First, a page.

One Sunday morning, as I was leading the pastoral prayer in worship, I found myself lost in the moment. I always try to be intentional about the fact that this is a prayer and not a place to sneak in a teaching moment or a way to Jesus-up my own agenda.
And so, as I was kneeling in front of the congregation with my head bowed, I found myself pouring out my honest prayers to God and, for just a few moments, forgetting that there were other people listening to me.
I was in a season of deep sorrow and struggle.
It was just a couple of months after my parents and many of my friends and family had suffered major damage and loss from Hurricane Harvey. My sister had been diagnosed with a chronic illness. And I had just suffered a miscarriage.
I was on my knees offering prayers of petition to God, lost in the words “God pour out your peace on us. Pour out your healing.”
I can’t say I’ve ever really been in a literal dry and weary land where there is no water like the psalmist writes about in Psalm 63, but there have definitely been moments in my life, especially in the midst of a difficult season, where I have felt totally drained and dry.
I’m sure you’ve had that season too; maybe right now.
There have been moments of sheer exhaustion where all I wanted was the ability to take a nap or get another cup of coffee or just quit. Or moments when I just needed to shut my office door and tell everyone “I have nothing left to give you. Go somewhere else.”
As people who take seriously the call to love God and love others, we often empty ourselves out by constantly pouring into others. We say, “yes, yes, yes” to helping or organizing or doing someone a favor.
We teach Bible studies, make time for coffees with people who need to talk to someone, and volunteer to help out with that special program.
I felt that way that Sunday and, even as I did my best to faithfully pastor, I knew I was operating from a dry well. I had nothing left to give and yet I kept trying to give something. Because that’s what we’re supposed to do, right? Just keep going. Just keep digging deeper within ourselves. Push, push, push. As if I would find the strength in myself if I just didn’t stop.
And then from my mouth came words I didn’t intend to say and can’t take credit for: “God you are always faithful and we are always grateful.” I didn’t mean to say it. I certainly didn’t mean to rhyme. But it came from the deepest part of my soul, the driest and weariest part of me. I believe the Spirit spoke for me, because I had no words left of my own, to remind me that even (especially) in a dry and weary land it was God who would provide rest and restoration.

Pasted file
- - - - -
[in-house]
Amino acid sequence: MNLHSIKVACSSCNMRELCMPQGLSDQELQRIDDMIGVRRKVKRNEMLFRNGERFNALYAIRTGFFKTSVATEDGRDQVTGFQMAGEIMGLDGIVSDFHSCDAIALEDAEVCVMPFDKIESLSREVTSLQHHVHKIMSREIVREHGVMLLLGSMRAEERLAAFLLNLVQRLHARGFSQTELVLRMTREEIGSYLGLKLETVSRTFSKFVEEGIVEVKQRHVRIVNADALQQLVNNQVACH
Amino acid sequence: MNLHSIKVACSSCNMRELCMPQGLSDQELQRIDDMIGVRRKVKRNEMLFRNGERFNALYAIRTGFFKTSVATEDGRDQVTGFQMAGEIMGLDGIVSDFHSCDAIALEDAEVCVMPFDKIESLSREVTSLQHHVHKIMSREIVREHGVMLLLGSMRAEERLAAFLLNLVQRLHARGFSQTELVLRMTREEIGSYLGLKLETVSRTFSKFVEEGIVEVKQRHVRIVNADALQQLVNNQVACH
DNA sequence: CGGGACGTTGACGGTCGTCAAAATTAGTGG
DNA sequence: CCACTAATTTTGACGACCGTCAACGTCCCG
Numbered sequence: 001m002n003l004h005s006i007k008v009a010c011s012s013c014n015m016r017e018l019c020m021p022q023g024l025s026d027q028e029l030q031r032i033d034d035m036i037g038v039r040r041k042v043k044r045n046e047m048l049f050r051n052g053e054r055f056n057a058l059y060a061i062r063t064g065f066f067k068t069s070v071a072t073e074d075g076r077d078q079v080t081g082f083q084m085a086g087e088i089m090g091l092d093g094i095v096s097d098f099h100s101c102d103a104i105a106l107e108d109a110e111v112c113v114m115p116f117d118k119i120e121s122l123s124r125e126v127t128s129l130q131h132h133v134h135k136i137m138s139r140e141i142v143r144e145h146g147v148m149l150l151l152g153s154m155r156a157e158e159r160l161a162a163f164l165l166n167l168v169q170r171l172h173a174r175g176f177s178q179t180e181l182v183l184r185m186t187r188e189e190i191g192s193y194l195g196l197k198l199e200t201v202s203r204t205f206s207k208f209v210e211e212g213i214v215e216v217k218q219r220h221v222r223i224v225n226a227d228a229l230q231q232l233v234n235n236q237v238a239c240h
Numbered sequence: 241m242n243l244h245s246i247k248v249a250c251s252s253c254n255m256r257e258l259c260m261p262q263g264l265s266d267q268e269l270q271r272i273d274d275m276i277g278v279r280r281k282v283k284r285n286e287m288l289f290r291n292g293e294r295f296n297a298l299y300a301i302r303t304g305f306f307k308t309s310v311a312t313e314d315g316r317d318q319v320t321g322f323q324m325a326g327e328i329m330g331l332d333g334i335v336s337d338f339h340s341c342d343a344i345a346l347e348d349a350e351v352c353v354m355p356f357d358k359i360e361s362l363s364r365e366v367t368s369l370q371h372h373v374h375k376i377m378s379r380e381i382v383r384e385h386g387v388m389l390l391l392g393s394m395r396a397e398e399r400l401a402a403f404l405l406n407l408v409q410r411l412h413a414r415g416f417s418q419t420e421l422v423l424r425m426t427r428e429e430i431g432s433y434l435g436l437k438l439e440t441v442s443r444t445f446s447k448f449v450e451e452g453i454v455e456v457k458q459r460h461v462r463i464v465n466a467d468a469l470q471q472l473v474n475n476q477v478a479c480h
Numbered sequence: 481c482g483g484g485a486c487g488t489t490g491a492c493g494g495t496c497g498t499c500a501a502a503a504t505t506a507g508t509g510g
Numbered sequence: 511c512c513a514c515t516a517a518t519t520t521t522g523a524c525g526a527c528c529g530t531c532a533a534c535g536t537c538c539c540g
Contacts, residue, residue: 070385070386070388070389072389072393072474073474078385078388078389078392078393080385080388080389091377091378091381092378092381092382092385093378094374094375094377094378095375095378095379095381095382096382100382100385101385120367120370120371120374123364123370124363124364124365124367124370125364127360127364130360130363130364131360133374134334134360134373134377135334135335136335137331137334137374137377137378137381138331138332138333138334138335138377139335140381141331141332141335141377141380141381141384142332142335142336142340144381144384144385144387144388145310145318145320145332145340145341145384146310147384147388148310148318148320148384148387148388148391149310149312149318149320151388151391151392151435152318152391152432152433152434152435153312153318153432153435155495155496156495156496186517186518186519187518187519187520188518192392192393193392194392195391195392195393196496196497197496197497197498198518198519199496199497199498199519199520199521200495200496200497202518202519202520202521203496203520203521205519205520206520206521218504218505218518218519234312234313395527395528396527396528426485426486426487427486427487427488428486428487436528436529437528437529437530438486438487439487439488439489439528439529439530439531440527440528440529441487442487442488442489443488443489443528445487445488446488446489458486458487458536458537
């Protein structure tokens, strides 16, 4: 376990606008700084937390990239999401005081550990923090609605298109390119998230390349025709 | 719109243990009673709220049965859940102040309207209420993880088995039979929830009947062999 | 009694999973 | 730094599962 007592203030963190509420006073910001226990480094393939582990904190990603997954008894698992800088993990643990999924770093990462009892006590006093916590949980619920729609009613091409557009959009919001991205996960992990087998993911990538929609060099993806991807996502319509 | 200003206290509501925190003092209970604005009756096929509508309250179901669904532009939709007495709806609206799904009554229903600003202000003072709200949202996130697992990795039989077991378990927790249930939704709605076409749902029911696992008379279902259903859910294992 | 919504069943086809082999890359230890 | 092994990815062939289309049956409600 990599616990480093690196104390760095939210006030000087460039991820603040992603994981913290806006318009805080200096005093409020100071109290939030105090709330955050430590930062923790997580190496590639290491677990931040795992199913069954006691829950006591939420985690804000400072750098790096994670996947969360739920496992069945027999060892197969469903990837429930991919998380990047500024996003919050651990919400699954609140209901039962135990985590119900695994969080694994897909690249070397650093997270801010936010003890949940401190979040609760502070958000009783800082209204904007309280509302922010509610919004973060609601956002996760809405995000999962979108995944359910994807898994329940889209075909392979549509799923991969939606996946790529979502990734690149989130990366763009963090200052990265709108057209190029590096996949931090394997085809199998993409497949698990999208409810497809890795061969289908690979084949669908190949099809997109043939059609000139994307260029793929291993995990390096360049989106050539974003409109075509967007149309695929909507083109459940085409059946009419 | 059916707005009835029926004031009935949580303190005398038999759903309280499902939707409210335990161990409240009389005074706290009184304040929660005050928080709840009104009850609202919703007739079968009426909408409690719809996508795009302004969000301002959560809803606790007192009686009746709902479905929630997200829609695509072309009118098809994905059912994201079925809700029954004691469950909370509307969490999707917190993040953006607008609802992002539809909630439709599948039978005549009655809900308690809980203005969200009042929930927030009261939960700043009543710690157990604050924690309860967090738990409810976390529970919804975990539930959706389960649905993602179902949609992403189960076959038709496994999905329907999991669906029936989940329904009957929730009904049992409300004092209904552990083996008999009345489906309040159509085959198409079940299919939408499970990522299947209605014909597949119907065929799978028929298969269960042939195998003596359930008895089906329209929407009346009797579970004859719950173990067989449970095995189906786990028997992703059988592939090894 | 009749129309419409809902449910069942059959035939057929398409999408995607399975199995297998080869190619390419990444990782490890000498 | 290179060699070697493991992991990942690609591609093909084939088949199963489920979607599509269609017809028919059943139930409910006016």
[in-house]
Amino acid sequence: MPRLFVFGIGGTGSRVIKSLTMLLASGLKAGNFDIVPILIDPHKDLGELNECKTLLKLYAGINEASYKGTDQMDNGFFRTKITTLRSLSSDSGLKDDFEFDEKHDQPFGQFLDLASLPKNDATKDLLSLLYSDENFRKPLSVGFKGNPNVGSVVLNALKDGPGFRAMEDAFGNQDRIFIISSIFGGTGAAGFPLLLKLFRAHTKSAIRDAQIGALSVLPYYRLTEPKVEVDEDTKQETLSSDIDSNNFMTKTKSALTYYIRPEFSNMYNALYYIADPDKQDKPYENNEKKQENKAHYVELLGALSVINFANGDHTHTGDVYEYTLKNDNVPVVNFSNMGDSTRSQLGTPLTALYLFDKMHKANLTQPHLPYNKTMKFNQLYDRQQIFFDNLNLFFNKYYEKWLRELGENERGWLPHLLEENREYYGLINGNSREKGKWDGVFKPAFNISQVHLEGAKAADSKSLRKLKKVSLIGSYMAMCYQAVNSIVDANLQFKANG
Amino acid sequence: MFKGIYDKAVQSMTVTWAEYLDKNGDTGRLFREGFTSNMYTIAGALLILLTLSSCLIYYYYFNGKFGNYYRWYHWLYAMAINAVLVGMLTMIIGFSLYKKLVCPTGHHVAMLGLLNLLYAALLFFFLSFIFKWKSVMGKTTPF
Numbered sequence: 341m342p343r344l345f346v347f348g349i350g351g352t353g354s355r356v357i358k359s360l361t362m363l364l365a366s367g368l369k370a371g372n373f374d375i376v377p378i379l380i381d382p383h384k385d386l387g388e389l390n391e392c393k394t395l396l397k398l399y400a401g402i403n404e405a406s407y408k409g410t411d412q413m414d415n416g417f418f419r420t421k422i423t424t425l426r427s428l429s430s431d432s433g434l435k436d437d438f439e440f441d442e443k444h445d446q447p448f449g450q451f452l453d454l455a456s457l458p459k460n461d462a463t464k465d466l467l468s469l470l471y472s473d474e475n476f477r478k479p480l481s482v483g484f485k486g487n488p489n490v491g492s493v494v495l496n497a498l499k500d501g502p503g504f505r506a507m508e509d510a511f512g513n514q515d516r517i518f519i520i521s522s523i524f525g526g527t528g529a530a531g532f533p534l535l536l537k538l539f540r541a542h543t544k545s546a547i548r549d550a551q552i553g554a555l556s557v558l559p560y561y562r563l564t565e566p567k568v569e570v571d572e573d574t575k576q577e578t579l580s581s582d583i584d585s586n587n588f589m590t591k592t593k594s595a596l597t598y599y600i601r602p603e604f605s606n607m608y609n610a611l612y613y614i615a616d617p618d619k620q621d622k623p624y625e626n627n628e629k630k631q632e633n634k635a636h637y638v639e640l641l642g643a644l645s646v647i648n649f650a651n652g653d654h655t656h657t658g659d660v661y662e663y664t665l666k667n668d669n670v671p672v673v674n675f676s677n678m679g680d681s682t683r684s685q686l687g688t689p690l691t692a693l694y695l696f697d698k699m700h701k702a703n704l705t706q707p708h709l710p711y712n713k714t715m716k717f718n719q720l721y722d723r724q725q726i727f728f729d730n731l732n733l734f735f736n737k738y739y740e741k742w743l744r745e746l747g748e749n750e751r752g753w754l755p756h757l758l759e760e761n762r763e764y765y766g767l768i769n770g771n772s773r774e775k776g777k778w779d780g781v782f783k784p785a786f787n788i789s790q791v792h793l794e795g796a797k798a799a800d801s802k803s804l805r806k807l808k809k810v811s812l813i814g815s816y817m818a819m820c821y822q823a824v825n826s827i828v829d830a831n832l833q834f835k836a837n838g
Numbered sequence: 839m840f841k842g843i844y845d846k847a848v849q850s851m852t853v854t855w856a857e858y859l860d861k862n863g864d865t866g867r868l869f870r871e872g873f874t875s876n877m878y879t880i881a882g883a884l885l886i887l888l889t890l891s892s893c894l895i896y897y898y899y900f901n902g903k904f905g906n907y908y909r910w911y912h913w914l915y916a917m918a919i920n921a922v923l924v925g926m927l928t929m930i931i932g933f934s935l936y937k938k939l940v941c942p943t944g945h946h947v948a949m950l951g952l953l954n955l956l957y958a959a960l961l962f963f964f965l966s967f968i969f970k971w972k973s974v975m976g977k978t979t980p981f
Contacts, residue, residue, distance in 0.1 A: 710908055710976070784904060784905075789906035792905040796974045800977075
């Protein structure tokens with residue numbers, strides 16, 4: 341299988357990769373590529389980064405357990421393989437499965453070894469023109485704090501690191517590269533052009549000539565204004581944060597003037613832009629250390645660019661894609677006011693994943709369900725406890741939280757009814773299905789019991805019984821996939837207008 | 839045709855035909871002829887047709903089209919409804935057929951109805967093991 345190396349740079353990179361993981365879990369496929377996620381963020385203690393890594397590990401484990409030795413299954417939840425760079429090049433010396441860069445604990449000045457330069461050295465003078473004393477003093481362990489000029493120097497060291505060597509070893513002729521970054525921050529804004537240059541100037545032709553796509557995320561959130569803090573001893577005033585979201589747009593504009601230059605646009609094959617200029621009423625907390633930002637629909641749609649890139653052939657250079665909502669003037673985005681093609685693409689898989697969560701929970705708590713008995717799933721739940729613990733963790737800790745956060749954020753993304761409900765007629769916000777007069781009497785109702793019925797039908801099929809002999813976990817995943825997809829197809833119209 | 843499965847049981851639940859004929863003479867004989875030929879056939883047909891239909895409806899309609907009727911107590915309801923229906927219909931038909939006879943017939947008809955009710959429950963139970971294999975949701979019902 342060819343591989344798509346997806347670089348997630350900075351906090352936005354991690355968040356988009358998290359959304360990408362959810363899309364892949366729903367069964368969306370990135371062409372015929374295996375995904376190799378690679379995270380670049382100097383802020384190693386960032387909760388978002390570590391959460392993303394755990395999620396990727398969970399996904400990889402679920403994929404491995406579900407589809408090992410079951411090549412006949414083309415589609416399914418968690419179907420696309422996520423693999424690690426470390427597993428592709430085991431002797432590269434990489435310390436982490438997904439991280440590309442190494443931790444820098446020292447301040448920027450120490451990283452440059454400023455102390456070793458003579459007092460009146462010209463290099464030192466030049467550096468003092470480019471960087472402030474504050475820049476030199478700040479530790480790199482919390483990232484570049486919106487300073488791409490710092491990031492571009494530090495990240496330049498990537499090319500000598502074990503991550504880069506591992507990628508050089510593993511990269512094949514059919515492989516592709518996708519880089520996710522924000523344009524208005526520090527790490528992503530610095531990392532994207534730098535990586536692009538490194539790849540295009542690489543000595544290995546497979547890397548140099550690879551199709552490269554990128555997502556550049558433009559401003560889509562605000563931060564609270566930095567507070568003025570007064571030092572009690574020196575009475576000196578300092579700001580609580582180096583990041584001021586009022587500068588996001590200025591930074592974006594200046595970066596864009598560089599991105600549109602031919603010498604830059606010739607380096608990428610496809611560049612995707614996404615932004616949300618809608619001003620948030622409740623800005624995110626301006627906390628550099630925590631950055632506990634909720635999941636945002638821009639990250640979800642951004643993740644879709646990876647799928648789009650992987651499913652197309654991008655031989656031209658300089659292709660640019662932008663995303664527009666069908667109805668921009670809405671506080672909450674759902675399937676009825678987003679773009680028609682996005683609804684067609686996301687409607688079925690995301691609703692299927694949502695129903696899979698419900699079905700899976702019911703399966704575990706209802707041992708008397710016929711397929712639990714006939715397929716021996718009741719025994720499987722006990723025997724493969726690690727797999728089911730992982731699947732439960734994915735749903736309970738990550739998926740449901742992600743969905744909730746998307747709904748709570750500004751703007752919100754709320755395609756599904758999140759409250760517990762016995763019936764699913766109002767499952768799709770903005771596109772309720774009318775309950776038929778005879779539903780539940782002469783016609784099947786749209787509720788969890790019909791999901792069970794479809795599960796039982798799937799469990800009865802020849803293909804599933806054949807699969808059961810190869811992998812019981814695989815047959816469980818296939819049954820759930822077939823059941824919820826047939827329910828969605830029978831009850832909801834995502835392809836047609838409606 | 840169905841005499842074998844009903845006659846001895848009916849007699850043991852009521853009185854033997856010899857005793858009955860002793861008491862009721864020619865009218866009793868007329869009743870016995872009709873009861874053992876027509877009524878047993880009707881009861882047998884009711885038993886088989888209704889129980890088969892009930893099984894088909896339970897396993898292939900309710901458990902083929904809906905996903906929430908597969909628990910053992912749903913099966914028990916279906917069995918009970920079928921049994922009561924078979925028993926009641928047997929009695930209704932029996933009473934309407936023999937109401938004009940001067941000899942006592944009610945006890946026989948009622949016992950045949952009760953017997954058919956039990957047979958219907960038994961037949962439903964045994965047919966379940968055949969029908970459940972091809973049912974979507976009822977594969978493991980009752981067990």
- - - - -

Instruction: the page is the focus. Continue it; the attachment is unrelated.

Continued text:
I had believed the lie that it was my job to get filled up so, whatever I was struggling with, I had better figure out how to deal with it. I had believed the lie that work would set me free. I had believed the lie that it was what I did that would bring healing. Of course, I would never have said any of that out loud. I would have dressed all that up with all the right cliché phrases about prayer and trusting in God. But my every action showed that I was living the lie.
I kept pushing instead of remembering that God is always faithful. I needed to remember that I was invited to rest and be filled by God’s faithfulness, not because I had earned it but because God had given it to me as a gift.
Beloved, you were not made to simply keep wandering in a dry and weary land pushing yourself to the brink of absolute dehydration. Instead, you have been invited to drink deeply from the never ending well of the steadfast love of God, which is better than life.
Your job is not to just keep doing, being, and exhausting yourself in an attempt to get yourself to God. God is as near to you as the air in your lungs. So, take a deep breath and remember that it is God that satisfies your soul as with a rich feast.
Instead of touting cliché phrases that we read on bumper stickers and fridge magnets, remind yourself that God is always faithful and fill your mouth with praises for God’s continued presence in your life.
There has never been a day in your life where God was not faithful or where God was not at work for your good.
Even if it didn’t feel that way.
There has never been a day when you weren’t loved entirely by the Creator of the Universe. You didn’t earn it. You can’t earn it. But you can bask in it and be satisfied by it.
Be filled up today by the truth that you are seen, known, and loved by God. Be filled up today knowing that God is always good, always faithful, and always present to you. Today, rest in that knowledge. God is always faithful and so we are always grateful, even and especially in a dry and weary land. Thanks be to God.
Robbie Seay Band featuring Lindsey Kidd has a beautiful rendition of this psalm that might just do your soul some good today. You can find it here.
Rev. Becca Newcomb is an Associate Pastor at Longview First United Methodist Church. If you are ever in Longview, Becca and the rest of the congregation would love to have you come worship with them.
Falling into the Psalms is brought to you by the Communications Department of the Texas Annual Conference of the United Methodist Church. To be considered as a future blogger, please contact Shannon W. Martin, Director of Communication at firstname.lastname@example.org